The timing chain, meanwhile, is preferred by some manufacturers because it should last the lifetime of the engine and never need replacement. This isn’t always the case, however, and some engine designs from a variety of manufacturers suffer problems in this regard. But, in a properly maintained engine of sound design, the timing chain should never need attention, while the rubber timing belt generally requires periodic replacement, typically between 60,000 and 120,000km depending on the manufacturer.

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  • Why are there changes to the build of the 2021 Mitsubishi ASX LS?

    For the record, there really is a global shortage of semi-conductors; a shortage that has already seen some big car-makers trim production and even close some plants. As the electric car phenomenon grows, and the average conventional car has anything up to 100 micro-processors, the shortage will only become more critical, so the next few months will be very interesting.

    However, I spoke to Mitsubishi Australia about this and it seems your dealer might not be telling you everything. For a start, to even offer you an ASX LS without the safety gear it comes standard with is, according to head office, an impossibility. Why? Because Mitsubishi claims it has never built such a car. The spokesperson I talked to said that, had the correct semi-conductor (or any other part) not been available for that car in that specification, the car would not have been built. Simple as that. I’m not sure what Mitsubishi dealers are saying, but that’s head office’s view.

    Which brings us to the question of your contract. Put simply, if the vehicle you’re being offered does not match the vehicle as described in the contract of sale, then you can call the deal off with no ramifications. And since this is major safety gear we’re talking about being AWOL, the car on offer most certainly does not match what you signed up for. So you can stop worrying on that front.

    Then we move on to what the dealer is really trying to sell you. There’s a feeling within Mitsubishi that the dealer probably has stocks of a particular variant of the ASX, but one which doesn’t have the LS model’s standard safety kit. And that’s what they’re trying to unload on to you. So don’t have it.

    If you go through with the deal, you’ll inevitably be buying a car that doesn’t live up to the safety levels you wanted when you originally ordered the LS model. It will be worth less as a trade-in in a few years, too, as used-car buyers (like everybody else) are increasingly interested in safety. As it stands, being offered a $300 discount on a car that doesn’t exist smells very odd to me. I’d be talking to Mitsubishi Australia’s customer service department and explaining your case. Sometimes you need to go to a higher court than the dealership itself.


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  • What is the power rating for a 2015 Mitsubishi ASX LS 2.3-litre diesel?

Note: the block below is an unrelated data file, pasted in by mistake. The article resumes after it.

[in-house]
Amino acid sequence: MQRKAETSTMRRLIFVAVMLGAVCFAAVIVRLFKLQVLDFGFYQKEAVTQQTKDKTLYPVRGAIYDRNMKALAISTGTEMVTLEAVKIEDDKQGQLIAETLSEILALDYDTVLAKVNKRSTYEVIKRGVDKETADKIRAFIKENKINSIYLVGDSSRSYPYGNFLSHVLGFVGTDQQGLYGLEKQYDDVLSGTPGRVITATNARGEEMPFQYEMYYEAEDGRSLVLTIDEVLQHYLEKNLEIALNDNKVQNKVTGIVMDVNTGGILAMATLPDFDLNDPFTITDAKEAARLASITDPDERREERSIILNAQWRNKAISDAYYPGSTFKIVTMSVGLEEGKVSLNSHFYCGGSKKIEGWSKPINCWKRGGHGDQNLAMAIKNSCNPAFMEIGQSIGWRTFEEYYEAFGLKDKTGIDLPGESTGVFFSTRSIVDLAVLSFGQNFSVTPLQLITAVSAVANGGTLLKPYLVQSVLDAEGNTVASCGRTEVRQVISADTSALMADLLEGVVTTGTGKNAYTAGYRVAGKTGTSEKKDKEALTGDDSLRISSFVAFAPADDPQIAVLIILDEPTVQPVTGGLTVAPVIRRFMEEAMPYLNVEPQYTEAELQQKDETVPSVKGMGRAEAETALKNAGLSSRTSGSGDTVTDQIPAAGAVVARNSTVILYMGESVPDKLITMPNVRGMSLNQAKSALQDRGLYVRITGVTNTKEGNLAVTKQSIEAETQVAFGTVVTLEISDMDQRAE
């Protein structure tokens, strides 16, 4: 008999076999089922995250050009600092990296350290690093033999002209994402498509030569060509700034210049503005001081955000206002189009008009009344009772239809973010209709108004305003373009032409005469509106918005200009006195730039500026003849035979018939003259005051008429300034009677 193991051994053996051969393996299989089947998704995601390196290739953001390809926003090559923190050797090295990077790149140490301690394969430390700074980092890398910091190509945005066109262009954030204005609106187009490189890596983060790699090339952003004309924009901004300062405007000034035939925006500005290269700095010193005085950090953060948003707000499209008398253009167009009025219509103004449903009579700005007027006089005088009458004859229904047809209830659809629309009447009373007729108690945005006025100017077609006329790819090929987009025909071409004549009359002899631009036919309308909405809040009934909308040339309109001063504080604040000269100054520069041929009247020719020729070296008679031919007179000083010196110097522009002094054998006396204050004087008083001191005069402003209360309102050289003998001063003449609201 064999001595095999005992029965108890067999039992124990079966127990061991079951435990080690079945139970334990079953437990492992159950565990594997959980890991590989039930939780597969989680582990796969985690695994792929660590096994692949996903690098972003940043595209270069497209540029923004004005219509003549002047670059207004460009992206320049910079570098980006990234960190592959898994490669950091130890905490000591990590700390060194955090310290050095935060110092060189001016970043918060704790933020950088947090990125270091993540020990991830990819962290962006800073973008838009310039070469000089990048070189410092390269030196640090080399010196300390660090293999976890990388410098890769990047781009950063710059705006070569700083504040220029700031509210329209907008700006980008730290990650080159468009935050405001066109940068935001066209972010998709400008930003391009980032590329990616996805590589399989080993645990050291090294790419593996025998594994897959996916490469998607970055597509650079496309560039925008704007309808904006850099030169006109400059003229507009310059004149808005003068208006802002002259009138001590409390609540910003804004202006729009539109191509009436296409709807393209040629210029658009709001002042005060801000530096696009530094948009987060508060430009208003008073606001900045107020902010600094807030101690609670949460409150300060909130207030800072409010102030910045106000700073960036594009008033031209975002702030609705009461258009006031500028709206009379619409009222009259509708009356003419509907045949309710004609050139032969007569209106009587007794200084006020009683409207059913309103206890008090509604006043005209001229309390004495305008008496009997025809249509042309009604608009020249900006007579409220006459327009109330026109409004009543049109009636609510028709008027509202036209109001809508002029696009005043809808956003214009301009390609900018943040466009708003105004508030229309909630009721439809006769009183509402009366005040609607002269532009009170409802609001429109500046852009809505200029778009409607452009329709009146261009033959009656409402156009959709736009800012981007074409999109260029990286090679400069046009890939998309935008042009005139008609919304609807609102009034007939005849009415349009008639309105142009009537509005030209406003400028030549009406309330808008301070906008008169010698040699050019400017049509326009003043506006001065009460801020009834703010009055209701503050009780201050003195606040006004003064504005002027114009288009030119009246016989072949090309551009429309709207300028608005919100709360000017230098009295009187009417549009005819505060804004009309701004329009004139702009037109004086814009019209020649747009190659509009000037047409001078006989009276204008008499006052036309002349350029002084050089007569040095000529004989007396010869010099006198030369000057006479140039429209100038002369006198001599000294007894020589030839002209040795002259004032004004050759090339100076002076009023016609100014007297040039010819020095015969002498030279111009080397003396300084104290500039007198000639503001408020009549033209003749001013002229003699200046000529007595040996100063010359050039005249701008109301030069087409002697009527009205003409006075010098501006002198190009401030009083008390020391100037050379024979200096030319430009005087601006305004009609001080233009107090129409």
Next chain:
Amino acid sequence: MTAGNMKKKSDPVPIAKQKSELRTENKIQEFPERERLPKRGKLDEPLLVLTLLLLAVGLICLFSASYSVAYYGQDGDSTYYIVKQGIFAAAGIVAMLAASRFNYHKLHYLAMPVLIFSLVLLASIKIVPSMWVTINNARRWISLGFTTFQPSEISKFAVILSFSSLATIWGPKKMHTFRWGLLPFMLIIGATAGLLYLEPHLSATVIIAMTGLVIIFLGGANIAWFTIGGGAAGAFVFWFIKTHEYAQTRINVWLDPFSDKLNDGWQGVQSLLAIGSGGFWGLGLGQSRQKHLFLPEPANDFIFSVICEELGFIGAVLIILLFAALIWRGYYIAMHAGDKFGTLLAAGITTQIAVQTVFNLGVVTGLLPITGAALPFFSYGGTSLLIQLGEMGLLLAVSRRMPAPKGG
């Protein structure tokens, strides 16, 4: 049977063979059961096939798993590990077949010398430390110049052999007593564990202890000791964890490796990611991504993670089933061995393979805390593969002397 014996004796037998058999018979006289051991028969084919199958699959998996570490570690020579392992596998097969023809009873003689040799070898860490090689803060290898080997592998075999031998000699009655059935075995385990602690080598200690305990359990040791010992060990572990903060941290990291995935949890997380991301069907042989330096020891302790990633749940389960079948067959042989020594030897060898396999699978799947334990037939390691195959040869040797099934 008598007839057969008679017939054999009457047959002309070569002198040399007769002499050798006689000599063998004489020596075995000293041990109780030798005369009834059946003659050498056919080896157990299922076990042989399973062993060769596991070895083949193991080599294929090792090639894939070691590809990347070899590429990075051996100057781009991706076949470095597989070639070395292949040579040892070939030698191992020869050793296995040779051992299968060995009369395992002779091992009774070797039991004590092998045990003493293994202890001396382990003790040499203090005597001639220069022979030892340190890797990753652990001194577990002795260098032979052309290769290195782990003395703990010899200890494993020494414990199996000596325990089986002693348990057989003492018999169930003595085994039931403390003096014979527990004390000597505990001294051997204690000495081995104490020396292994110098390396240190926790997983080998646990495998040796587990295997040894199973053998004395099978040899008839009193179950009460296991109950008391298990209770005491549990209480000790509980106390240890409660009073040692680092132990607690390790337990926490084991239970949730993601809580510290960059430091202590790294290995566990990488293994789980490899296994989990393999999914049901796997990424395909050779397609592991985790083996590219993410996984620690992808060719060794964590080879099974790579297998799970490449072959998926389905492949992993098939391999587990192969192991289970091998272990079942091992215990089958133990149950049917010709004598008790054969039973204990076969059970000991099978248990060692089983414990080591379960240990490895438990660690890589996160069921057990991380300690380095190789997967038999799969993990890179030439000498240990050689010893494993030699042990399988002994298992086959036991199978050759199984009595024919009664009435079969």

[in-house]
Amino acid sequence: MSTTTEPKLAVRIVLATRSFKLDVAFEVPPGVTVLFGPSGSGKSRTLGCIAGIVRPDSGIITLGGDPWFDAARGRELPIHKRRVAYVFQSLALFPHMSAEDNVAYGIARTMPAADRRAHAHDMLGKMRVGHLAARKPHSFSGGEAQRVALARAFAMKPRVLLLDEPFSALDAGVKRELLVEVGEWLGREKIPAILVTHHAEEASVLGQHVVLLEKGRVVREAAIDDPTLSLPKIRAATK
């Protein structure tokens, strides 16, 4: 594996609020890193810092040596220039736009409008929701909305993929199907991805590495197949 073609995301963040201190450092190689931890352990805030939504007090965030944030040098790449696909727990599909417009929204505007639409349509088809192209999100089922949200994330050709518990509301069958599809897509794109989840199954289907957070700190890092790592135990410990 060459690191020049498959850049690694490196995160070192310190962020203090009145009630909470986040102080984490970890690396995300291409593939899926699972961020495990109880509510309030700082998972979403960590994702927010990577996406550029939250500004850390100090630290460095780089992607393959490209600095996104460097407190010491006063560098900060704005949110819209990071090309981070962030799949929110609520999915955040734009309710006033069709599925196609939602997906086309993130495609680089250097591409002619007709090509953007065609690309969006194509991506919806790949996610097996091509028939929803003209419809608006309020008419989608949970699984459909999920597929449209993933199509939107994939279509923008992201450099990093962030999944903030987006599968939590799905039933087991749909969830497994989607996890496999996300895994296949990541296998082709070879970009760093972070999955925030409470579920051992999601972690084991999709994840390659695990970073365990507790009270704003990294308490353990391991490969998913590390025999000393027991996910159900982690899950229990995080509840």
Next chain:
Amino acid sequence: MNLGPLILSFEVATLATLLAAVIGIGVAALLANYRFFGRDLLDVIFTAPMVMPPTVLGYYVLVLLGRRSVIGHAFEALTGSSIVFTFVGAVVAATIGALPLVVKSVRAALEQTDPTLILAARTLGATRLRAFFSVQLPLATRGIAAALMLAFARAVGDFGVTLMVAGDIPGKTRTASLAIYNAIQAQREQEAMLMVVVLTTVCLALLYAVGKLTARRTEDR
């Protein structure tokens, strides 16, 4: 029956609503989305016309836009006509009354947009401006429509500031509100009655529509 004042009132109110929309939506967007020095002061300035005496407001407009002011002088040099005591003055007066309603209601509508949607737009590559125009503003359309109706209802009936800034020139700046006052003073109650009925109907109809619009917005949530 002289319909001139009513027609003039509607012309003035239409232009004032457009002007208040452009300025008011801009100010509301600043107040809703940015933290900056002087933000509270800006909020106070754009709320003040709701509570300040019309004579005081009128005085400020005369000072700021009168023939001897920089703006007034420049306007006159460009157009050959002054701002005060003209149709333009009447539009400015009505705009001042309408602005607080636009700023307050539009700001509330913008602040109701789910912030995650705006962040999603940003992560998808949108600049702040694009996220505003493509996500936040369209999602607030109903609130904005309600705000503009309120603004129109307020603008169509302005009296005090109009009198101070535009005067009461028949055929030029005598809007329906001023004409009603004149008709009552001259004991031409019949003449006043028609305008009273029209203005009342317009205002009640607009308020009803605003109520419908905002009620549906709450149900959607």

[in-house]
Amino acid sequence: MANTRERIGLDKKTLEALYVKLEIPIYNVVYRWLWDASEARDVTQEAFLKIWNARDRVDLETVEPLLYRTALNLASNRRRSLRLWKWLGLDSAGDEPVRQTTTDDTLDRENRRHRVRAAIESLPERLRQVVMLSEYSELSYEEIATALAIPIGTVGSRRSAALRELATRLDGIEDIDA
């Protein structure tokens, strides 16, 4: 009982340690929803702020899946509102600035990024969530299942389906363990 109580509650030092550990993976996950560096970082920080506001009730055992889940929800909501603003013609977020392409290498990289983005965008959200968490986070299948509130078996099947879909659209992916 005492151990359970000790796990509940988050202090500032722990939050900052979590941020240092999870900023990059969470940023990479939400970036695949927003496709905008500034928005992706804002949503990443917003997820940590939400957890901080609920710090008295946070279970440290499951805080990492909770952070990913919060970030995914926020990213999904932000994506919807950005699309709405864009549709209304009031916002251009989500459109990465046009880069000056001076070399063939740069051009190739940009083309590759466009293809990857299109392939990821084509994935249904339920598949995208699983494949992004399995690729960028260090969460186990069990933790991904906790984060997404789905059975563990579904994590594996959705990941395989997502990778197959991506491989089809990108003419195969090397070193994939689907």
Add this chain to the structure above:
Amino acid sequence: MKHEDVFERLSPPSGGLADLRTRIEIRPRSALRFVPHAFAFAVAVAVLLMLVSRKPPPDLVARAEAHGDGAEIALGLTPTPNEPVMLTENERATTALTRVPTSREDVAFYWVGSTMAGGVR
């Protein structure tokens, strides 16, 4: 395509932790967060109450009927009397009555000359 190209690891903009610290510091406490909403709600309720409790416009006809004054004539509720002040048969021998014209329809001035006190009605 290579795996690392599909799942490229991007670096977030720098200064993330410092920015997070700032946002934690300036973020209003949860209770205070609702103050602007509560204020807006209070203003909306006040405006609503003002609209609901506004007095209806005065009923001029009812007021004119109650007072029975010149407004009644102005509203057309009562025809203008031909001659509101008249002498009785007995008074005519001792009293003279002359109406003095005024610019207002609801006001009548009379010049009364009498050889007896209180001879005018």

Mitsubishi quotes a power output of 110kW at 3500rpm and torque of 360Nm at 1500rpm for that vehicle. All these figures – and plenty more - can be found within the Carsguide website by clicking on the prices and specs tab and entering the make, model and year.

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See All Mitsubishi ASX Q&As
Disclaimer: You acknowledge and agree that all answers are provided as a general guide only and should not be relied upon as bespoke advice. Carsguide is not liable for the accuracy of any information provided in the answers.

Mitsubishi ASX Fuel Consumption

The Mitsubishi ASX is available in a number of variants and body types that are powered by — and ULP fuel type(s). It has an estimated fuel consumption starting from 7.7L/100km for SUV /— for the latest year the model was manufactured.

Year Body Type Fuel Consumption* Engine Fuel Type Transmission
2023 SUV 7.7L/100km 2.0L 5 SP MAN
2023 SUV 7.7L/100km 2.0L ULP 5 SP MAN
2022 SUV 7.7L/100km 2.0L ULP 5 SP MAN
2021 SUV 7.7L/100km 2.0L ULP 5 SP MAN
2020 SUV 7.7L/100km 2.0L ULP 5 SP MAN
2019 SUV 7.7L/100km 2.0L ULP 5 SP MAN
* Combined fuel consumption See All Mitsubishi ASX Pricing and Specs for 2023

Mitsubishi ASX Towing Capacity

The Mitsubishi ASX has maximum towing capacity of 1300kg for the latest model available.

Year Body Type Braked Capacity from Braked Capacity to
2023 SUV 1300kg 1300kg
2022 SUV 1300kg 1300kg
2021 SUV 1300kg 1300kg
2020 SUV 1300kg 1300kg
2019 SUV 1300kg 1300kg
See All Towing Capacity for Mitsubishi ASX

Mitsubishi ASX Wheel Size

The Mitsubishi ASX has a number of different wheel and tyre options. When it comes to tyres, these range from 215x65 R16 9 for SUV in 2023.

Year Body Type Front Tyre Size Front Rim Rear Tyre Size Rear Rim
2023 SUV 215x65 R16 9 215x65 R16 9
2022 SUV 215x65 R16 9 215x65 R16 9
2021 SUV 225x55 R18 225x55 R18
2020 SUV 225x55 R18 18x7 inches 225x55 R18 18x7 inches
2019 SUV 225x55 R18 18x7 inches 225x55 R18 18x7 inches
The dimensions shown above are for the base model. See All Mitsubishi ASX Wheel Sizes

Mitsubishi ASX Seats

The Mitsubishi ASX comes with five seats, configured in a 2/3 arrangement.

Black cloth upholstered seats come standard on the bottom three grades but are upgraded to synthetic micro suede/leather upholstery on the GSR grade and leather-appointed upholstery on the top model.

Until you get into the top model, the front seats adjust manually. On the top model, the drivers’ seat is electric and both front seats have a heat function.

The back seat features a 60/40 split-fold and has a fold-down armrest that has two cupholders.

Mitsubishi ASX Engine

The entry-level ASX GS can be optioned with a continuously variable transmission or a five-speed manual gearbox, otherwise, all other models feature a CVT.

Depending on the grade, you can either have a 2.0-litre four-cylinder petrol engine (110kW/197Nm) or a 2.4-litre four-cylinder petrol engine (123kW/222Nm).

Mitsubishi ASX Speed

Expect 2.4-litre versions of the ASX to accelerate from 0-100km/h in around nine seconds, and 2.0-litre models in a bit over 10 seconds. The ASX top speed is 170km/h.

Mitsubishi ASX Range

For the models with the 2.0-litre engine, expect to see a driving range of around 829km, which is based on the official combined cycle fuel consumption figure of 7.6L/100km and its 63-litre fuel tank.

For the models with the larger 2.4-litre engine, expect to see a driving range of around 797km, which is based on the official 7.9L/100km number and its 63-litre fuel tank.